“We have a lot of plants that install bearings themselves. There are things that shops sometimes get wrong. If we run into a problem, it may be because the appropriate bearing material was not used, or it was not sized and installed properly,” says Keith Brand, business development manager for pumps and industry at Thordon.

“The sizing program takes a few minutes to fill out. It includes inputs for the application, temperature, pressure, vertical or horizontal pump, and bearing installation type. Once you fill in all this data, you will get a printout of how to size and machine the bearings.”

Don’t be shy about asking for help, Brand says. “We can assist you. This is especially important if a shop is doing this work for the first time.”

 Tip 6 |

   Use seals for high-moisture applications. To protect gearboxes against moisture damage, Gilbert-McEachern Electric’s Stevenson recommends using the proper lubrication, keeping the lubrication level up, changing the lubricant regularly and keeping moisture from getting inside.

Concerning the moisture challenge, SKF Canada’s Moritz advises, “I am against employing unnecessary expenses and fancy solutions when properly sealing the bearing cavity can resolve so many problems. Changing the bearing material doesn’t prevent moisture and/or particle ingress. Only proper and effective sealing – a comparatively cheap solution – can eliminate the root cause. 

“A simple V-ring seal is shockingly effective at contamination prevention, costs only a few dollars and takes little space to implement.”

 Tip 7 |

   Do not under-lubricate. It shouldn’t be allowed to happen, but letting bearings run dry is a common oversight. “A lot of people do not have a good grease schedule,” SKF Canada’s Moritz observes.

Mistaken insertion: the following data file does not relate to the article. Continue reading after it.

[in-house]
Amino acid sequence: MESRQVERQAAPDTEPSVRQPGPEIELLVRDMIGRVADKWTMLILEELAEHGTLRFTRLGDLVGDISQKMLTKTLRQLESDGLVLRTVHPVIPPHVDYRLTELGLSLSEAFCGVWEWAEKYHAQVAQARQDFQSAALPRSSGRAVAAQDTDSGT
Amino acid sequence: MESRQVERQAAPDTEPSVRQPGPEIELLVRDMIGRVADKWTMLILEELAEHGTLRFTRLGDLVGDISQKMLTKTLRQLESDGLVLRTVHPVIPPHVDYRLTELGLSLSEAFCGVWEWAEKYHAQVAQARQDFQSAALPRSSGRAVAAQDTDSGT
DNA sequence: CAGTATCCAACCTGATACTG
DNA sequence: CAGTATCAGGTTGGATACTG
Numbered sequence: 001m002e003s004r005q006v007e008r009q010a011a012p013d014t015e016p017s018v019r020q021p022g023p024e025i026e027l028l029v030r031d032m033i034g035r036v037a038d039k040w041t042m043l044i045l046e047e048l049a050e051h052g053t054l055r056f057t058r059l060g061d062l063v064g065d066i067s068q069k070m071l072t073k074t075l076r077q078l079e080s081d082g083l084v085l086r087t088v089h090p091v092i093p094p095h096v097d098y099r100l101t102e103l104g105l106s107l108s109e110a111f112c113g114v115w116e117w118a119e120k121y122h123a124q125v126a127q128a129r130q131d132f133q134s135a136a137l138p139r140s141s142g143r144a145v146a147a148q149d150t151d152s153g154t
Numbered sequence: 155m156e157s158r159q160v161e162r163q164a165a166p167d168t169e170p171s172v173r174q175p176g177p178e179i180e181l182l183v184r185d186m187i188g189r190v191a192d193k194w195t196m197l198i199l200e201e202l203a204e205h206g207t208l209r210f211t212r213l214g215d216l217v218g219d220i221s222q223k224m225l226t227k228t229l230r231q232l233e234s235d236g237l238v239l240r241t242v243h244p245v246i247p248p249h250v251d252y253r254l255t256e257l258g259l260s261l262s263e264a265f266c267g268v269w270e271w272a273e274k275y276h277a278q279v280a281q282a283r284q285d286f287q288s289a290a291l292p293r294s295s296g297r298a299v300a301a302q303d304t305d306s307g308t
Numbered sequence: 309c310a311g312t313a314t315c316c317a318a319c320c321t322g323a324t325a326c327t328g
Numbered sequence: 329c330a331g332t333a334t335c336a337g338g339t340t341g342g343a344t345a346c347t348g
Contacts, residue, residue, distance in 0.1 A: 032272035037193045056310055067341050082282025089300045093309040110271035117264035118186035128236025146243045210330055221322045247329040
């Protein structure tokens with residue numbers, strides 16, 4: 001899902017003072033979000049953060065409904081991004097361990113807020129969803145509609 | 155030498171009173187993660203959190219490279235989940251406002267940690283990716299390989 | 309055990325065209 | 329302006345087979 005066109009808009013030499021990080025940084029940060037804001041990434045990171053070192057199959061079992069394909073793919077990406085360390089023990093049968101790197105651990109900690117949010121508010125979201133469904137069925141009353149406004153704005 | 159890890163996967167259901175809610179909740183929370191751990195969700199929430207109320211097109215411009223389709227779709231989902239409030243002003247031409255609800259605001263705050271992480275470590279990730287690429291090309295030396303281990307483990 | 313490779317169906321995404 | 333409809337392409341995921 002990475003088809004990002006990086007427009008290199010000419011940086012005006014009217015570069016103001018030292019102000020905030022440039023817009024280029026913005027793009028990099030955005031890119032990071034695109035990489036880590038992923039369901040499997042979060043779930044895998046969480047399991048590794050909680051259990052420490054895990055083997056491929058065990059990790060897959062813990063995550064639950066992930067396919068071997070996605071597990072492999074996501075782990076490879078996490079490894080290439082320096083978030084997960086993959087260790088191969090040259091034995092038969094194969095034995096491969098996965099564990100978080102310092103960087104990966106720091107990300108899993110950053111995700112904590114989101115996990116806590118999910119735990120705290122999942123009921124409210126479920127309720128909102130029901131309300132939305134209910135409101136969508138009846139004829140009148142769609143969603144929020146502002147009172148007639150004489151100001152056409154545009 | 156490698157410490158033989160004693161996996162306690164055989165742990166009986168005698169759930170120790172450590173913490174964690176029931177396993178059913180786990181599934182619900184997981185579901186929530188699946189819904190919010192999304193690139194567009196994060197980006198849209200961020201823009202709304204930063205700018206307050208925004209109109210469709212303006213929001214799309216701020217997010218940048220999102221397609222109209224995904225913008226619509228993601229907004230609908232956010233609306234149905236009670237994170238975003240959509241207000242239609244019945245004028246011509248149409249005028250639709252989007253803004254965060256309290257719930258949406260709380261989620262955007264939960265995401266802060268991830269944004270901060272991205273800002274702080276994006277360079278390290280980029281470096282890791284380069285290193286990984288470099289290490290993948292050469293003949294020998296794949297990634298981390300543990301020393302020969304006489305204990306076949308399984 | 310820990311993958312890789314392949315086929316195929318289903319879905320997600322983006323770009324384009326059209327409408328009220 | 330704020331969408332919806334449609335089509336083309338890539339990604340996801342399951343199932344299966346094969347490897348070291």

Gilbert-McEachern Electric’s Stevenson describes some of the damage he has seen due to under-lubrication. “In certain circumstances the inner race of the bearing has worn the bearing journal on the rotor shaft. This requires weld repairs and machining to get the journal back to the correct bearing tolerance. In some cases the bearings have completely come apart. The balls of some bearing have gone so long without the proper lubrication that they have worn flat.”

Prevention is simple, Stevenson says, “Perform routine lubrication using the proper lubrication specified by the motor manufacturer.”

 Tip 8 |

   Do not over-lubricate. On the flip side, attacking bearings with the old grease gun creates its own problems. Stevenson recalls two choice failures. “One customer lubricated the non-drive end bearing without removing the drain plug in the bottom of the end bell. The grease accumulated inside the bearing cavity, eventually filled the end bell and leaked into the winding/stator of the motor.

“Over-lubrication can also fill the air gap of the rotor stator and lock up the motor. Certain greases can carry the electrical current from the windings to the motor frame, causing it to go to a grounded state.”

One solution is to reduce the frequency of lubrication, says Stevenson. If there is a drain plug, remove it while lubricating the bearing. This lets contaminated grease drain from the bearing cavity and allows the new grease to access the bearing properly. MRO

Carroll McCormick is MRO Magazine’s award-winning senior contributing editor. Part 2 of Bearing Up will appear in our next issue.